RAF Announcements: Regional Arts Fund Announcement | December 2017
$1.17 million in funding announced through the Regional Arts Fund
The Australian Government’s Regional Arts Fund will provide more than $1,170,000 in funding in the latest Community Grants Rounds, supporting 70 arts projects, community capacity building projects and professional development for artists and arts workers across regional Australia.
The Regional Arts Fund supports sustainable cultural development in regional and remote communities in Australia with the recipients showcasing the breadth and calibre of projects across regional, remote and very remote Australia.
While the diversity of projects is admirable and showcases the thriving sector, there are a number of trends that echo across the country. There is an emphasis on arts projects that respond to the contemporary regional community needs, in particular a focus on mental health and youth. Regional Arts Australia welcomes these new and much-needed conversations around arts and health issues. A move towards multi-disciplinary artform projects further highlights the scope of the projects and emphasises the importance of collaboration across artforms and sectors.
Arts & Health
A number of supported projects will use arts to facilitate community conversations about mental health issues with Regional Arts Australia Chair Kate Fielding commenting, “Importantly, the arts are continuing to be used as a vehicle to further explore mental health in our communities and to spark conversations around these critical issues. I look forward to seeing the outcomes of these vital projects”.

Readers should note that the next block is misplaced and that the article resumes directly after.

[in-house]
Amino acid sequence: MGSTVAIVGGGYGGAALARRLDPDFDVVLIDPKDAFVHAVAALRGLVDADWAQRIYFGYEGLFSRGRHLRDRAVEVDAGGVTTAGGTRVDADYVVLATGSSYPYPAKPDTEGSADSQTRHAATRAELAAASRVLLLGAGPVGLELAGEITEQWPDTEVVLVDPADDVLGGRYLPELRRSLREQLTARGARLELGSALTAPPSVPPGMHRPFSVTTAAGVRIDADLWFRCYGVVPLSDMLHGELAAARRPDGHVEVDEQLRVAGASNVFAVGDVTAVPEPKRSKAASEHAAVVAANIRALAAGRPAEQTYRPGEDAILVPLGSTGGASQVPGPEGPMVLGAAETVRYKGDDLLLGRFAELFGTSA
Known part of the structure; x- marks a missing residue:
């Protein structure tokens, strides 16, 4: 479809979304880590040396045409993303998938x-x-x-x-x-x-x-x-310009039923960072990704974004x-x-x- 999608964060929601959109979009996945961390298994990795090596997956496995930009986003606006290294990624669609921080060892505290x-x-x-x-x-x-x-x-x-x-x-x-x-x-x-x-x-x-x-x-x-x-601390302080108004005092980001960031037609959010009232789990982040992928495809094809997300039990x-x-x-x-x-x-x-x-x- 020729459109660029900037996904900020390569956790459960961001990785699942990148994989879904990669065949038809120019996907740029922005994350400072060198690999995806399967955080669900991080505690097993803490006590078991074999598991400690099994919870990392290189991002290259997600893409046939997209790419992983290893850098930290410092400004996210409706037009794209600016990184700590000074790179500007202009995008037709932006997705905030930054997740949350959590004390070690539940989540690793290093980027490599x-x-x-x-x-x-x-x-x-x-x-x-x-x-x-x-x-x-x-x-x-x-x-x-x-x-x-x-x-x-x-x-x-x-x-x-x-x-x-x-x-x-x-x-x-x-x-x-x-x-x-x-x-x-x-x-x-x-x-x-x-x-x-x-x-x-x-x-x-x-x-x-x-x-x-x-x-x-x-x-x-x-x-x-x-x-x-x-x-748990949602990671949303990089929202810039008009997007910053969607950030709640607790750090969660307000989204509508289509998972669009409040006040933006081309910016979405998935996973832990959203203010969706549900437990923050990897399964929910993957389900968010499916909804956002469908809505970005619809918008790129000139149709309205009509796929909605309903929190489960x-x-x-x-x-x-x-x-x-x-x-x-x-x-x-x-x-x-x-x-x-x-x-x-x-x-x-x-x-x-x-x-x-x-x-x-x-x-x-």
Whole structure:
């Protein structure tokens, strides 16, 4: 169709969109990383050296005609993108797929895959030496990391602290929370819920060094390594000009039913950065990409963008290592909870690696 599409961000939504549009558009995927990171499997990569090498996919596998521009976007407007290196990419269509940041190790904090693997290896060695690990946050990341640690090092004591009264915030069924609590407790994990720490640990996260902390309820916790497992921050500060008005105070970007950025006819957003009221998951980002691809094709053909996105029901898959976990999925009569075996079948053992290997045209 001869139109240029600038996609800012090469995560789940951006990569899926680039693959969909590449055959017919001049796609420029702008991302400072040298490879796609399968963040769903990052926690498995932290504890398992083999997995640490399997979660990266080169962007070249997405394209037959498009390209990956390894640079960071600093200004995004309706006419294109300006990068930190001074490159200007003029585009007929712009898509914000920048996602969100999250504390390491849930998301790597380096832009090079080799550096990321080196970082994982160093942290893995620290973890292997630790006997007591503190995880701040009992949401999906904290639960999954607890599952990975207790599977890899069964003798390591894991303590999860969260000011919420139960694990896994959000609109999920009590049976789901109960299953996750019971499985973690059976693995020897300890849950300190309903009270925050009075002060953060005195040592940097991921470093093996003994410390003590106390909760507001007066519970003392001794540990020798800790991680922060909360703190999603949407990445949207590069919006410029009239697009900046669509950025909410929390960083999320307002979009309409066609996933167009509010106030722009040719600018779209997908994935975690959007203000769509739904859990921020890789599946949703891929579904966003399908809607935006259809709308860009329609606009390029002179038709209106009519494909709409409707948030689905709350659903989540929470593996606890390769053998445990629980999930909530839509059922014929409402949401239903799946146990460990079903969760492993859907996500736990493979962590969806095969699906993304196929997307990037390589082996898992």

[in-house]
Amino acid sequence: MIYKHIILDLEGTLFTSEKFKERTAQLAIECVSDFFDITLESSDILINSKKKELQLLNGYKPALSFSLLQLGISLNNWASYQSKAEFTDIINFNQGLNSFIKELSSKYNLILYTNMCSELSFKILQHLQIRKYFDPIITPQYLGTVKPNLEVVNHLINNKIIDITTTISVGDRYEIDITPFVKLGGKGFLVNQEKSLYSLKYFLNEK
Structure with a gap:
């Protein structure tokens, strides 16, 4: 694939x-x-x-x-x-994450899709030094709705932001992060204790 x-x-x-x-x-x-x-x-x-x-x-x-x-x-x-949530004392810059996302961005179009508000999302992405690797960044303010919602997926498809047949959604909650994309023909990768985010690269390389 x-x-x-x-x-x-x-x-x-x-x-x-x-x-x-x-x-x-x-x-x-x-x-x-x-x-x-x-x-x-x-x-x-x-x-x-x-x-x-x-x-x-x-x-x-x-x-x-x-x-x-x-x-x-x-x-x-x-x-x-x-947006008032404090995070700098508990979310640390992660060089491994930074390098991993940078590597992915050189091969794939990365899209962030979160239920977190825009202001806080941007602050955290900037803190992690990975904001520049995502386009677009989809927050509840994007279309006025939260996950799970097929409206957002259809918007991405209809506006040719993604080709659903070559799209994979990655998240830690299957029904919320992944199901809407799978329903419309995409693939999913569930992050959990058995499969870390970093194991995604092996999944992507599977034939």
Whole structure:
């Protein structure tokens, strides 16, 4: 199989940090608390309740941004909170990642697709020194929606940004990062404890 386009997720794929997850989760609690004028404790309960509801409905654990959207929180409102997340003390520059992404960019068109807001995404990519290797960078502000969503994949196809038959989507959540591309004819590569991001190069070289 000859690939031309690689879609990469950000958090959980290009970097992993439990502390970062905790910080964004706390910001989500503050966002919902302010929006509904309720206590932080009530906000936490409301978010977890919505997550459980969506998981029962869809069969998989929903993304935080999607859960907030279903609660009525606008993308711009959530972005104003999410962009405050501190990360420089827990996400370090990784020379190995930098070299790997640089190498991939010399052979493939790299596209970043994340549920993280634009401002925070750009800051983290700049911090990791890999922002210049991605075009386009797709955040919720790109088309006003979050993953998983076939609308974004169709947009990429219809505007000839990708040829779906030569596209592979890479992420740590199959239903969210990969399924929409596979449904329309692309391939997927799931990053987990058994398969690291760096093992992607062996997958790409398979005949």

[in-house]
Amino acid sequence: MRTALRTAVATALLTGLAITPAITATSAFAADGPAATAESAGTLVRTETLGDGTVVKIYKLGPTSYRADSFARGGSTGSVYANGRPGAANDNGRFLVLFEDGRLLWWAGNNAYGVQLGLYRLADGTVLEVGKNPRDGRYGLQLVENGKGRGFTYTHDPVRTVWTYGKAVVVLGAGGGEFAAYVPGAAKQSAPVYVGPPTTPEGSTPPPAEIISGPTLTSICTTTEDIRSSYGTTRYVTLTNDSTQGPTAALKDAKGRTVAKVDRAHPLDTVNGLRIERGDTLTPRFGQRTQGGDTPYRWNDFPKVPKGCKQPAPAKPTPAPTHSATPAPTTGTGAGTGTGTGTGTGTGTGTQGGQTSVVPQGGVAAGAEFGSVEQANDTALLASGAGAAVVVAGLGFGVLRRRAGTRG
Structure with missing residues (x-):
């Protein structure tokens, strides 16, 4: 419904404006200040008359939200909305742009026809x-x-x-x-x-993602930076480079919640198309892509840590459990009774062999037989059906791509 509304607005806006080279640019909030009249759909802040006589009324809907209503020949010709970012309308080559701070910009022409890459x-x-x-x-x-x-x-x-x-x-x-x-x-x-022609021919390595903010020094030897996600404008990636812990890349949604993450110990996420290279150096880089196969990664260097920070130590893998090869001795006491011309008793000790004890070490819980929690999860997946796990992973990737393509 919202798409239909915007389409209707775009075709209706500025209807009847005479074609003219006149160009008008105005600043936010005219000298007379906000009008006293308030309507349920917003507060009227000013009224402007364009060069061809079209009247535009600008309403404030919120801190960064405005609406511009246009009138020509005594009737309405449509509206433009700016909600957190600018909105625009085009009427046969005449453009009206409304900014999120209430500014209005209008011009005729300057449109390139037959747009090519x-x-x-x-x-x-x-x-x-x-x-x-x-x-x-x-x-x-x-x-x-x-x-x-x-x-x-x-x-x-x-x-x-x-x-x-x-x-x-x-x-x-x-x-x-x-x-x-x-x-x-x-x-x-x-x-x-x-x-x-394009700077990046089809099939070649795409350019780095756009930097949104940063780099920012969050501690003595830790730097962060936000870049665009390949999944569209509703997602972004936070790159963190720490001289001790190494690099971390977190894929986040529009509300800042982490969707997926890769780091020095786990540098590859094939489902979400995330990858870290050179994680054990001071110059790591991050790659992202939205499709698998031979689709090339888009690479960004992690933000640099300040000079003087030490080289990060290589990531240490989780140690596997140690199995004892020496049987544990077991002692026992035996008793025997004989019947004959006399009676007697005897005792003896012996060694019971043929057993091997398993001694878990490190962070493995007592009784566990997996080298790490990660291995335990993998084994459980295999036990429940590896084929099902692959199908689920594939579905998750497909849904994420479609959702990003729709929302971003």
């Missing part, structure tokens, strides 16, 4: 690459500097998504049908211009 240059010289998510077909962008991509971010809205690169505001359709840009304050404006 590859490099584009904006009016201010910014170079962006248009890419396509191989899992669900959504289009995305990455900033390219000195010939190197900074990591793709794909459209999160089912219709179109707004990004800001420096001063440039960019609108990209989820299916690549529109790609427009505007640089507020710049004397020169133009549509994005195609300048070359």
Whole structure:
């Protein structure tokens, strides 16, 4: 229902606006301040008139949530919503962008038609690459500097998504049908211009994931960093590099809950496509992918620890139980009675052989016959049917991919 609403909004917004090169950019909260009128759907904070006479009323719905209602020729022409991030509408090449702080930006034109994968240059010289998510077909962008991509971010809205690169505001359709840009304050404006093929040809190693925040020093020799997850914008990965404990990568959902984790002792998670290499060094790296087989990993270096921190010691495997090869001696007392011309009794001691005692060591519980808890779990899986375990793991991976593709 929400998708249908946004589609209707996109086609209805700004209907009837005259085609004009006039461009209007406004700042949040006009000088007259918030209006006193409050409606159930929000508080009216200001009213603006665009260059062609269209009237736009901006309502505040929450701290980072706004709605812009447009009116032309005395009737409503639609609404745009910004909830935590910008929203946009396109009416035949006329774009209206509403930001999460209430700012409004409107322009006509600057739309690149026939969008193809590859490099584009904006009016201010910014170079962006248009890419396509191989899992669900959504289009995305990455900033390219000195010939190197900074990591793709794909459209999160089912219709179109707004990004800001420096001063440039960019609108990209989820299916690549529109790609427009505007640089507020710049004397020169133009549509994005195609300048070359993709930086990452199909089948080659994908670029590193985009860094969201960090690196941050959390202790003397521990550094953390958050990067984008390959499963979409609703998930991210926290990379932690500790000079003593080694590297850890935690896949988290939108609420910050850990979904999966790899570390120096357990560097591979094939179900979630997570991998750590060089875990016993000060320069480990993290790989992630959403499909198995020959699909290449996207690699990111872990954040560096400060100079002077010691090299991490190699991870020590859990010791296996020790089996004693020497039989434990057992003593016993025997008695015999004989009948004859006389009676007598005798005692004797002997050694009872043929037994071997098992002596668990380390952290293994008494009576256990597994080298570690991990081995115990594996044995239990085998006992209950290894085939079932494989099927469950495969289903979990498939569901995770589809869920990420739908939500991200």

Of particular note is the project MENTAL: The Mother Load by Julie Waddington, taking place in Tasmania. This funding will enable a performing arts creative development, engaging artists who are mothers to explore and research the experience of mental load. Four core performing artists will collaborate and lead investigations around Australia through a series of creative practice workshops and online interaction.
My Black Dog, taking place in Bega, NSW, is a new research and performance project by fLiNG Physical Theatre that explores the mental health of young people in regional, rural and remote locations. The project will involve art and wellbeing workshops and community discussions and will culminate in a performance to be presented in schools and theatres throughout the Bega Valley.
Focus on Youth
This round also saw a marked increase in projects that directly benefit regional youth between the ages of 12 and 25. Over the 2012-16 period, 11% of RAF projects and funding went to youth projects. This round we see that increase to 14% of projects are aimed at youth. This increase is even more pronounced recently, with 3 youth projects in round 1 of the Community Grants, and 10 youth projects in this current round. This includes 4 dance projects, and other projects across film, visual arts, music, theatre and cross-art forms.